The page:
Why Justice Gorsuch Stayed Silent On Union Dues

February 28, 2018 - (4 min read)

If there ever was a case where the vote of only one justice is likely to matter, Janus v. American Federation of State, County and Municipal Employees is it. All attention was focused on Justice Gorsuch this morning as the Supreme Court held oral argument in this case. And he was…silent.

In Janus v. AFSCME, the court will decide the constitutionality of state statutes allowing public sector employers and unions to agree that employees who don’t join the union must still pay their “fair share” of collective bargaining costs. More than 20 states authorize fair share for public sector employees.

In Abood v. Detroit Board of Education (1997) the Supreme Court held that the First Amendment does not prevent “agency shop” arrangements where public employees who do not join the union are still required to pay their “fair share” of union dues for collective-bargaining, contract administration, and grievance-adjustment. The rationale for an agency fee is that the union may not discriminate between members and nonmembers in performing these functions. So no free-riders are allowed.

Why is only Justice Gorsuch’s vote likely at play in this case?

In 2016 right before Justice Scalia died the Supreme Court heard oral argument in Friedrichs v. California Teachers Association, which raised the same question as Janus. The Court ultimately issued a 4-4 decision in that case which, practically speaking, kept Abood on the books.

We don’t know how each justice voted in Friedrichs, but it’s not difficult to guess.

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In Harris v. Quinn, the Supreme Court refused to extend Abood to Medicaid home health care providers because they aren’t “full-fledged” public employees. Justice Alito’s majority opinion, joined by Chief Justice Roberts and Justices Scalia, Kennedy, and Thomas, was very critical of Abood discussing at length its “questionable analysis.” Justice Kagan’s dissent, joined by Justices Ginsburg, Breyer, and Sotomayor, included a lengthy and vigorous defense of Abood.

Regardless of Justice Gorsuch’s silence during the argument, two facts about him weigh in favor of him voting that “fair share” laws are unconstitutional. First, while he hasn’t ruled in many cases yet, he has so far usually sided with the more conservative Justices. Second, voting to overturn precedent is a big deal for any Justice — and a new Justice in particular. But while on the Tenth Circuit, Judge Gorsuch wasn’t shy about criticizing Supreme Court precedent.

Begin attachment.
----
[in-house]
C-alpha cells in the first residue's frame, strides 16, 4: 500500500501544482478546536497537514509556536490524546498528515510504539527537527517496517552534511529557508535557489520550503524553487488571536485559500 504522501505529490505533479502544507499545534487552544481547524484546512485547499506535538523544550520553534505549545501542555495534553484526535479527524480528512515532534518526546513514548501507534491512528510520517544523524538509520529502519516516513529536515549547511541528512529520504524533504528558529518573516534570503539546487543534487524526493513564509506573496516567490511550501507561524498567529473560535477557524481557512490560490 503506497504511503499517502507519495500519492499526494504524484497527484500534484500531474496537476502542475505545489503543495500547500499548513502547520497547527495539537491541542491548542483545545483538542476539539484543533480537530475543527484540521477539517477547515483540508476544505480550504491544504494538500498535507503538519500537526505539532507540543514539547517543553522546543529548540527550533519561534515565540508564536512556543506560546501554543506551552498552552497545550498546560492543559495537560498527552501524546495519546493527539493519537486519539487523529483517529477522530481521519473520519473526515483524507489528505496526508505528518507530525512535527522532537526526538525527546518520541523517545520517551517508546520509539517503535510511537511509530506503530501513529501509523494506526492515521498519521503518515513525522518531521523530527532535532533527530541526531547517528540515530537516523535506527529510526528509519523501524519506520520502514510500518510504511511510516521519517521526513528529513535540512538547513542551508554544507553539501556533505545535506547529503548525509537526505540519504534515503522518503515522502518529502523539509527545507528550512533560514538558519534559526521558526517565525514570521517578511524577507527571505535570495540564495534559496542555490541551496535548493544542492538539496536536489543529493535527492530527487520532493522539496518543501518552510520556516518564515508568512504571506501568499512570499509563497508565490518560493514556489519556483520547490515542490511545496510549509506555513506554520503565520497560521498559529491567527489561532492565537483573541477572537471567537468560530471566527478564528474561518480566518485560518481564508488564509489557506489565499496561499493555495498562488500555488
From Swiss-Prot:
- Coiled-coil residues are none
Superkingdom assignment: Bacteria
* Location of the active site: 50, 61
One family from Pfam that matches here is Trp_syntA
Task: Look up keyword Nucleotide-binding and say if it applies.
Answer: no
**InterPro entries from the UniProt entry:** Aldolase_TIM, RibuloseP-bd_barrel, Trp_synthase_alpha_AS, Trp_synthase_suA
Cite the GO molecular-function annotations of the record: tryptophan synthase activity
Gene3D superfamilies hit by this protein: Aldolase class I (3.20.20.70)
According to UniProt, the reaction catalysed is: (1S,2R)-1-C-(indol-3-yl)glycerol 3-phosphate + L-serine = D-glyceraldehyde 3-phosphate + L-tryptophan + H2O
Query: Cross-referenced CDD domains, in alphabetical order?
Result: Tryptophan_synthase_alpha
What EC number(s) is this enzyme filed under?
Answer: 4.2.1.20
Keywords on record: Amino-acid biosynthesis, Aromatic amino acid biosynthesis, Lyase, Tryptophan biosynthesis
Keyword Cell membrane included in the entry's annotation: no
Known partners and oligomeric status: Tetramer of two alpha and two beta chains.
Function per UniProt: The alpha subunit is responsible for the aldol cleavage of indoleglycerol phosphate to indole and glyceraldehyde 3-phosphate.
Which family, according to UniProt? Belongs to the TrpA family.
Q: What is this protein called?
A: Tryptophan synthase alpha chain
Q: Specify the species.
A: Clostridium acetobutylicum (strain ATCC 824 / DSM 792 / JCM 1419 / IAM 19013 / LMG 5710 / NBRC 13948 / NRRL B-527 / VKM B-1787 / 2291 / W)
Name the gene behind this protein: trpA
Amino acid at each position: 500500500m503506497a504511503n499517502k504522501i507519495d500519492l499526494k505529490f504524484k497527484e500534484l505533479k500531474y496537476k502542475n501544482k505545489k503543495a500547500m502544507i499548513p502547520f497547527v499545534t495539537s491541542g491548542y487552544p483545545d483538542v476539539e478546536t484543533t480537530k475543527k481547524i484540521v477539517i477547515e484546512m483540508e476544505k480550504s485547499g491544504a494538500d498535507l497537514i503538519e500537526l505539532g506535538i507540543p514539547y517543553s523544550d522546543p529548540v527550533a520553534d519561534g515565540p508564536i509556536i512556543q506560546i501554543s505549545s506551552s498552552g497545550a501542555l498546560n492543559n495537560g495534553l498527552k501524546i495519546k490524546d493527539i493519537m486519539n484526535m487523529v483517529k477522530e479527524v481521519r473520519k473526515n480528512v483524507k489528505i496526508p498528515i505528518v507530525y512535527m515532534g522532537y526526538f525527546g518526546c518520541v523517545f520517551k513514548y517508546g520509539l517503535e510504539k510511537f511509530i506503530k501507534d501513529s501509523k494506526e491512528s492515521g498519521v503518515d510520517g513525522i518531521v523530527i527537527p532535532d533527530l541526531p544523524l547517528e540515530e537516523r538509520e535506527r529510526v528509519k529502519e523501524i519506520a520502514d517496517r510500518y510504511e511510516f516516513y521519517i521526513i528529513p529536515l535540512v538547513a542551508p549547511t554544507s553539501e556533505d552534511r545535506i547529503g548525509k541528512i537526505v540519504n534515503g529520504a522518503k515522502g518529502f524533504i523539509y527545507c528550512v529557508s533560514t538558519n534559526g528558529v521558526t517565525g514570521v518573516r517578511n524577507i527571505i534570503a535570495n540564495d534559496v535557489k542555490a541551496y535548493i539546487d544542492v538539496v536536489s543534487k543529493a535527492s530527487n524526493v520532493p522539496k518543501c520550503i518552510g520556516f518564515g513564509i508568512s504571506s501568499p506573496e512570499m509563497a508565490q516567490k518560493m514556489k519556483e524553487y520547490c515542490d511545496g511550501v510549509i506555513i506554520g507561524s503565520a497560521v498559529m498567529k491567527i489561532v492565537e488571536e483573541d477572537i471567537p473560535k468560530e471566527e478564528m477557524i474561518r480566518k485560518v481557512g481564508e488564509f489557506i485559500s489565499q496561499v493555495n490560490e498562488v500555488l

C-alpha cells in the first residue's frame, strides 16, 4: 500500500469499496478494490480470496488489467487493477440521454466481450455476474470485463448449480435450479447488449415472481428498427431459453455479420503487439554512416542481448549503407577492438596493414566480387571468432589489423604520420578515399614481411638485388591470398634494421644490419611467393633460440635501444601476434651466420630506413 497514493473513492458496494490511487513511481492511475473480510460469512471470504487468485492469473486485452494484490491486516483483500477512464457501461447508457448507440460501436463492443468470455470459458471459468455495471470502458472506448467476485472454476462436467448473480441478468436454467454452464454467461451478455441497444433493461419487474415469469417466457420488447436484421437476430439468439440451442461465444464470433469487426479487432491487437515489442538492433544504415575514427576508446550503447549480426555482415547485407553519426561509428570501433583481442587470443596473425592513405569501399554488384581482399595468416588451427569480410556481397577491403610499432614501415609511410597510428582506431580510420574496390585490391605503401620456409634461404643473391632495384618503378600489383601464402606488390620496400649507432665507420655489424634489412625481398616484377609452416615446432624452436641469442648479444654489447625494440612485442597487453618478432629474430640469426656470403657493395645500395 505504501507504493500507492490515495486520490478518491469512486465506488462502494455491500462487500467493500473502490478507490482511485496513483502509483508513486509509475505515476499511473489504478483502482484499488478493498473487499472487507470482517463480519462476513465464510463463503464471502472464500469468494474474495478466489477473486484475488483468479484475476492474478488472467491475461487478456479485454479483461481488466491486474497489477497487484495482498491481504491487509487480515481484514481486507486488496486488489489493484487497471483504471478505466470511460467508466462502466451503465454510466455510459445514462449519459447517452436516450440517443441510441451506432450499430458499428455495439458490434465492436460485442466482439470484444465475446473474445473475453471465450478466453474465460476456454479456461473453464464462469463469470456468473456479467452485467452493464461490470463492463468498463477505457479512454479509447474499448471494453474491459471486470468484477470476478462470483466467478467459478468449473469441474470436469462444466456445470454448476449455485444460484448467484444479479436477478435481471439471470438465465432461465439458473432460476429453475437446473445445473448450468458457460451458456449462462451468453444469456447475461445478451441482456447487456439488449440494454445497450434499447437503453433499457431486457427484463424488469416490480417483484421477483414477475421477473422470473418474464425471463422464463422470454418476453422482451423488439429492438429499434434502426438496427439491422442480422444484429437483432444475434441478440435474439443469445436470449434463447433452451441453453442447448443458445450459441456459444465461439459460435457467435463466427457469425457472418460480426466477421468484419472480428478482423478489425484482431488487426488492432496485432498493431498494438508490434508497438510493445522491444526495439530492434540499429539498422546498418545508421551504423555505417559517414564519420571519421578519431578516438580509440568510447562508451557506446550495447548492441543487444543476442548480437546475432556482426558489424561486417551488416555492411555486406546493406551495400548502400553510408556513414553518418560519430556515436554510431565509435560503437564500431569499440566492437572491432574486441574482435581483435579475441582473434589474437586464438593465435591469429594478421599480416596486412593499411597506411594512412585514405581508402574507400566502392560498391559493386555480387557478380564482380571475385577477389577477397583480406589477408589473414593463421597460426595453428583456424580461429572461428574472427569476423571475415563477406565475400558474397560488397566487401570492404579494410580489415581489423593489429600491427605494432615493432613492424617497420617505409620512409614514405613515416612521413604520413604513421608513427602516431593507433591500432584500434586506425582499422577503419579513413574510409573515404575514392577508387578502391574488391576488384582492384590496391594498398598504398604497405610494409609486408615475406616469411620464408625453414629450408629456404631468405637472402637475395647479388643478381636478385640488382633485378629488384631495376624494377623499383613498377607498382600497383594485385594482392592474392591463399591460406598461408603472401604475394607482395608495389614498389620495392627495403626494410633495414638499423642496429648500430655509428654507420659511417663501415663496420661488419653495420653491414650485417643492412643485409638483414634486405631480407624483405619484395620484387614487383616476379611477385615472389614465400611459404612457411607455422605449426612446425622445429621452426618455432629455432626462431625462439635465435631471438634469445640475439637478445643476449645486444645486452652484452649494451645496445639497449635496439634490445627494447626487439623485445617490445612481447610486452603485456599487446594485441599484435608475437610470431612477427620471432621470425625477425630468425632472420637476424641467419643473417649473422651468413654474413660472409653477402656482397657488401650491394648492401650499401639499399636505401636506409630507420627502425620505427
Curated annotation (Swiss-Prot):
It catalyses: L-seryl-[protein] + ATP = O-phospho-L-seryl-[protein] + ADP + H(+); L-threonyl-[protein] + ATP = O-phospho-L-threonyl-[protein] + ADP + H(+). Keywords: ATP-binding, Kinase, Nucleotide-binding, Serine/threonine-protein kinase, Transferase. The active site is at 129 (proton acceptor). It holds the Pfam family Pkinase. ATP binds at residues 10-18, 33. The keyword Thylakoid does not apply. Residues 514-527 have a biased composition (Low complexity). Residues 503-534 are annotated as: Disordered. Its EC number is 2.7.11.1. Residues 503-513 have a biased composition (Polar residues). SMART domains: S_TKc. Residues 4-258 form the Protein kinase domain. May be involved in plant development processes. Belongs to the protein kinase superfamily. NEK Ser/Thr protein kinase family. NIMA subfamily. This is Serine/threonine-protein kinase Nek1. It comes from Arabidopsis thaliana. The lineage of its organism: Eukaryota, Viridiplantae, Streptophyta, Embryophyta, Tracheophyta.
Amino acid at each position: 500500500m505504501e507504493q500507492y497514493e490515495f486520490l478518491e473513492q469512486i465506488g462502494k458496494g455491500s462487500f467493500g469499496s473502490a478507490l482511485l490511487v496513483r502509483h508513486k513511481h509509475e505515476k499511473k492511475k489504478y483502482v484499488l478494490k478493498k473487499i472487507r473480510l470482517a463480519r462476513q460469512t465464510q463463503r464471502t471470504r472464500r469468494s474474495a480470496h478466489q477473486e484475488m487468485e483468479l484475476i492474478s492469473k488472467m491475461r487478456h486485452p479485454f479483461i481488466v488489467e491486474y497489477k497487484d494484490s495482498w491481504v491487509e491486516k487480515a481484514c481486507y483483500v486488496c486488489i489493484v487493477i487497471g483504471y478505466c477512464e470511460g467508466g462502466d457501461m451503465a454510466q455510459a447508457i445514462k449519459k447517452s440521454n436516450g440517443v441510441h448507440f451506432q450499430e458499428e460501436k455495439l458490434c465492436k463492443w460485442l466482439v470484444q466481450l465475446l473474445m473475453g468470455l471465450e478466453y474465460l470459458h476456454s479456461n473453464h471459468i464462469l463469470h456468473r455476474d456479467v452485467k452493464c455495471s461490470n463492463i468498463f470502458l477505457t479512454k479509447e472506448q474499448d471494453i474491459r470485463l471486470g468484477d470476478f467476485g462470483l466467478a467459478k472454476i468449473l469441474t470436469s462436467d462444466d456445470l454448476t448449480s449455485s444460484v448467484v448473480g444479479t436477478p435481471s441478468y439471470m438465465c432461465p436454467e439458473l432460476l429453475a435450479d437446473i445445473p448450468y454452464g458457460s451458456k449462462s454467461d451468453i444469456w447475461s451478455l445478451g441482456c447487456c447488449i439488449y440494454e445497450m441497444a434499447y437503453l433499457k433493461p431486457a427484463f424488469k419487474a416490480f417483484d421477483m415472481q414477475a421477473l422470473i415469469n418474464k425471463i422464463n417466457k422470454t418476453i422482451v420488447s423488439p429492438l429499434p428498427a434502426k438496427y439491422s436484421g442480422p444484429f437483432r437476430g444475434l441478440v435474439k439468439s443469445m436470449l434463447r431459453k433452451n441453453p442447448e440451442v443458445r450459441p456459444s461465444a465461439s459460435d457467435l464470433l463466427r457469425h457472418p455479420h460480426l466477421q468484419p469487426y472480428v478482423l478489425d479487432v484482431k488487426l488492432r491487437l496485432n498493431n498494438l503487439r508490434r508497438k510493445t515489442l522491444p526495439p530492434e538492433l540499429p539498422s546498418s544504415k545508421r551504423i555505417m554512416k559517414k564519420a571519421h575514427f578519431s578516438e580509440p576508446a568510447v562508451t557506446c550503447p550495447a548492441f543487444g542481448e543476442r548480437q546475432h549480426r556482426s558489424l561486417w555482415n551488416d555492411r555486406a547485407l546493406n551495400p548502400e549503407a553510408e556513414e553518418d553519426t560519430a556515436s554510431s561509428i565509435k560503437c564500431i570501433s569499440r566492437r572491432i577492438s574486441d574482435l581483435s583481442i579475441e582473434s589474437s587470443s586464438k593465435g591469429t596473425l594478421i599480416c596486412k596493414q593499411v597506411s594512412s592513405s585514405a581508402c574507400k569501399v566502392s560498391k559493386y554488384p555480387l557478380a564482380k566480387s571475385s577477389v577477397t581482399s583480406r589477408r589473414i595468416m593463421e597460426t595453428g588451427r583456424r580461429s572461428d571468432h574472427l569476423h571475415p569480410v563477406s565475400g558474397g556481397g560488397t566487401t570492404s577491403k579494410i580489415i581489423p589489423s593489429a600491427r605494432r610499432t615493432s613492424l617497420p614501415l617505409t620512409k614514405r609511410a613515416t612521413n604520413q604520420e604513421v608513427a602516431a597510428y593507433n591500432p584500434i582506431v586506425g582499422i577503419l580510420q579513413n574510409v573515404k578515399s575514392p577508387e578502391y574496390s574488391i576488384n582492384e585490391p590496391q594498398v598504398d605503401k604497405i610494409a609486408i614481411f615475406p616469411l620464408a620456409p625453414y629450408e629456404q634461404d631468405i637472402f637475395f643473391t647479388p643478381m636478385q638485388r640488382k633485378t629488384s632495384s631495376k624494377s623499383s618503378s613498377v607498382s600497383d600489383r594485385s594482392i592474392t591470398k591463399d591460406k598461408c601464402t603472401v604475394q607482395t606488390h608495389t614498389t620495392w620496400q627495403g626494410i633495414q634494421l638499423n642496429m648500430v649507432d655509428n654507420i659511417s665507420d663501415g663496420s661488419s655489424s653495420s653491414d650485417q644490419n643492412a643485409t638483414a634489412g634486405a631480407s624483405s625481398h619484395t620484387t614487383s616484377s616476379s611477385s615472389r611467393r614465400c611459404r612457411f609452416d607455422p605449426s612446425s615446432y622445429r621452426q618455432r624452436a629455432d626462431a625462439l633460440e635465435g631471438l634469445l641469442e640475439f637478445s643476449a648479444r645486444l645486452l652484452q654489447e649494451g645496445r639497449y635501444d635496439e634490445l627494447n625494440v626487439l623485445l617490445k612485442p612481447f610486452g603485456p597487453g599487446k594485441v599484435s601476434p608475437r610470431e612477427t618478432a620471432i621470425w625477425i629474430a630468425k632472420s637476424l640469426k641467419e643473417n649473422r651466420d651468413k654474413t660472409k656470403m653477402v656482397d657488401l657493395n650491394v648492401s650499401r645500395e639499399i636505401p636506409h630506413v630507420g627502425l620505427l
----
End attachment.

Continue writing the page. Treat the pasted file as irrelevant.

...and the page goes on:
The argument otherwise went mostly as expected. The more liberal justices questioned the attorneys arguing in favor of overruling Abood about what other precedent might be vulnerable if the case is overruled, whether it is appropriate for the Court to overrule a decades-old case relied on by numerous state legislatures and local governments, and whether it is makes sense to drain the resources of a union which helps make them an equal partner with management at the bargaining table.

The more conservative justices questioned the attorneys favoring keeping Abood about whether the government compelling speech (here compelling public employees to pay union dues) is worse than the government restricting speech and whether the subject matter unions typically bargain over (like wages) are a political matter. The argument dispelled any notion Justice Kennedy might waiver in his support of overrulingAbood.

The tensest moment of the argument was when Justice Sotomayor asked the U.S. Solicitor General, who argued in favor of overturning Abood, how many times the United States has “flipped positions [in cases] this term.”

Agency fee is a foundational principle for public sector collective bargaining in the United States. Unions in agency fee states receive significant funding as all union-eligible employees must pay their “fair share” of union dues. Overturning Abood will be a major change in the law and will weaken public sector unions.

lisa_soronen_new_125x150About the author: Lisa Soronen is the executive director of the State and Local Legal Center (SLLC), which files Supreme Court amicus curiae briefs on behalf of the Big Seven national organizations, including the National League of Cities, representing state and local governments. She is a regular contributor to CitiesSpeak.